By the time Mao and his allies launched the Cultural Revolution in 1966, the little book of aphorisms was in the hands of millions of Red Guards and other Mao supporters. The first edition of the book was actually white with red letters, and some early editions were different shades of blue, but by the time it went into wide distribution the familiar red vinyl cover had become standard. The name “little red book,” based simply on the book’s appearance, was first applied by foreign observers, and has never been used in Chinese (though the nickname “treasured red book” was adopted, back-translated from English).

    Fueled by Quotations, the Cult of Mao transformed China for more than a decade. The Cultural Revolution shattered the educational system and the economy, making ideology paramount. But the book’s effects extended far beyond China. That the Red Book owed its popular name to foreign observers hints at the volume’s global impact. By 1967, copies could be found in bookstores around the world, including the United States, where it was issued as a Bantam paperback. Beijing Foreign Languages Press issued official translations into 50 languages, and there were unofficial versions as well. From Berkeley to Paris to Rome, the Little Red Book became a symbol of anti-establishment left-wing politics. In other settings, like Peru and Tanzania, the Red Book became a central text for revolutionary movements.

    The worldwide influence of Mao’s quotations is also at the center of Alexander C. Cook’s recently published edited volume, Mao’s Little Red Book: A Global History, which was mentioned in passing in an earlier contribution to this blog just before it was published. With contributions from scholars in fields ranging from sociology (e.g., Guobin Yang), to history (e.g., Elizabeth McGuire), to literature (e.g., Andrew F. Jones), Cook’s volume follows the Red Book around the world, assessing its impact in Europe (ironically, it achieved cult status in Western European democracies, while it was strictly regulated in Soviet client states), Africa, South America, and Asia. It is perhaps the final irony that while, abroad, the Little Red Book came to symbolize dissent and resistance to authority, in China its goal was to enforce uniformity, and for a time it was so successful that failure to carry the book in the proper circumstance could have serious political consequences.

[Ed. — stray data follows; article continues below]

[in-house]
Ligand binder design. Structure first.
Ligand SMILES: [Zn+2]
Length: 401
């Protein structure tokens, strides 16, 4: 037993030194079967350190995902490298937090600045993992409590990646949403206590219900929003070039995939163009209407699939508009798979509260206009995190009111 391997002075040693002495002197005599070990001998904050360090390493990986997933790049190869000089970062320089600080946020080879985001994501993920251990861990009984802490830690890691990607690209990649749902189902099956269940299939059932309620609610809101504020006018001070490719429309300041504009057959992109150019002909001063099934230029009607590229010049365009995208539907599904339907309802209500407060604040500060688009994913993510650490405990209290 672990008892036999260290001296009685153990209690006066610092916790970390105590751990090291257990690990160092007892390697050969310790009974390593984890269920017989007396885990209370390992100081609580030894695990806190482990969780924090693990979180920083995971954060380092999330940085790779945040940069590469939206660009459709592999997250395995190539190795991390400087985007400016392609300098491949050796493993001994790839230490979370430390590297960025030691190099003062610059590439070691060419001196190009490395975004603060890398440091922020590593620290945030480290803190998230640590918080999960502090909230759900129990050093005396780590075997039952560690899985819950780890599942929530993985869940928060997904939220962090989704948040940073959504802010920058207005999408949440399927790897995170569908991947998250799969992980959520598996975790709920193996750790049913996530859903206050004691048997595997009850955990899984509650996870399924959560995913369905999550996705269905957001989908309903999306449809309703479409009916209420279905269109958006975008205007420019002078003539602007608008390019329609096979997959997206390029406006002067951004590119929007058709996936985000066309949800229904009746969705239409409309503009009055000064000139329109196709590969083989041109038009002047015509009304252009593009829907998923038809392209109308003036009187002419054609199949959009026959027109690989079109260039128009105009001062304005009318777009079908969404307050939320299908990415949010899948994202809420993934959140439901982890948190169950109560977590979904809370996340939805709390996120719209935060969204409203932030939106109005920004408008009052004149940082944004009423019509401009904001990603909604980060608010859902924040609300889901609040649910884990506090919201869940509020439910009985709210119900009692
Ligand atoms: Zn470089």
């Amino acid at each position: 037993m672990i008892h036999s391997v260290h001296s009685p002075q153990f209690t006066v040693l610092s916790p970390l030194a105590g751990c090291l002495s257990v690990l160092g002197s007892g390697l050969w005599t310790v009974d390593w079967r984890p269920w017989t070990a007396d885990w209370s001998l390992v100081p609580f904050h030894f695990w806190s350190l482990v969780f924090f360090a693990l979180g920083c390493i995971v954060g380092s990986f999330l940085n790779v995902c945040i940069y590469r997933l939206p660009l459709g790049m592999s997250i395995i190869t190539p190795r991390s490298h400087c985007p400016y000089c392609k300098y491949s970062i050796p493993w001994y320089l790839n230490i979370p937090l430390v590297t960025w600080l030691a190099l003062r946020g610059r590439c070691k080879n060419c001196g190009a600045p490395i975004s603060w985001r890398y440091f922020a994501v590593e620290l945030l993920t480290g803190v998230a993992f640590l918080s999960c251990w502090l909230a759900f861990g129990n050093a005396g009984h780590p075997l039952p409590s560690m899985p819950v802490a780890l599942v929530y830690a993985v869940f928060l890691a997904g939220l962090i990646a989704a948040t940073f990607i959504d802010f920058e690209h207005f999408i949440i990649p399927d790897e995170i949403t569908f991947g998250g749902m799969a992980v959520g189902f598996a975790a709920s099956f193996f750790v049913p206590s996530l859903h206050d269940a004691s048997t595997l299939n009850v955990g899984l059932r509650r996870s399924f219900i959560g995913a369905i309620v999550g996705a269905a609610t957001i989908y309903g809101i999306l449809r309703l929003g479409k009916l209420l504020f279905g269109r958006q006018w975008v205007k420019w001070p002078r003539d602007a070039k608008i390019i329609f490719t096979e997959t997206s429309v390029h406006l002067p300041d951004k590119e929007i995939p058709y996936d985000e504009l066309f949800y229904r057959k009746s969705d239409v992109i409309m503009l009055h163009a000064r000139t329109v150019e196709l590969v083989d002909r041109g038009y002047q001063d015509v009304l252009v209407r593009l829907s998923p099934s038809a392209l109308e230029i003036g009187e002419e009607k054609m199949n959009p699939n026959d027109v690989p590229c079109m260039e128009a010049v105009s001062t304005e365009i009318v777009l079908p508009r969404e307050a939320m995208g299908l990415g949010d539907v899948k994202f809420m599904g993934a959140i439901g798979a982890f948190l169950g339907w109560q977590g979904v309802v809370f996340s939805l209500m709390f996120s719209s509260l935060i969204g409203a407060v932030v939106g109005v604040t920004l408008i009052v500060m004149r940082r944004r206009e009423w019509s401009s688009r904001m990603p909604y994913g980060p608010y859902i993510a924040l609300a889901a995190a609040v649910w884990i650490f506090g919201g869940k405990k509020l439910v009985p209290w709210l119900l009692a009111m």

The Grolier Club’s exhibition reminds us of the power the book had to mobilize a nation at one specific moment in the past, while also offering curious testament to that same small work’s ability to capture the imagination of many living far beyond China’s borders. And isn’t this a particularly apt moment to revisit both the domestic and international impact of the Little Red Book? For not only is much being made in China of the appearance of a new book linked to its latest leader, Xi Jinping, but according to recent news reports it is also making its presence felt in at least one important American corporate headquarters. Just as no history of Mao’s “Little Red Book” is complete without acknowledging its popularity from Paris to Peru, as Cook’s impressive edited collection reminds us, if Xi’s The Governance of China should ever be deemed worthy of an exhibit, surely the curators will need to make space for a photograph of the work being displayed on Mark Zuckerberg’s desk — at a time when that new media maven’s best known product was still banned in Beijing.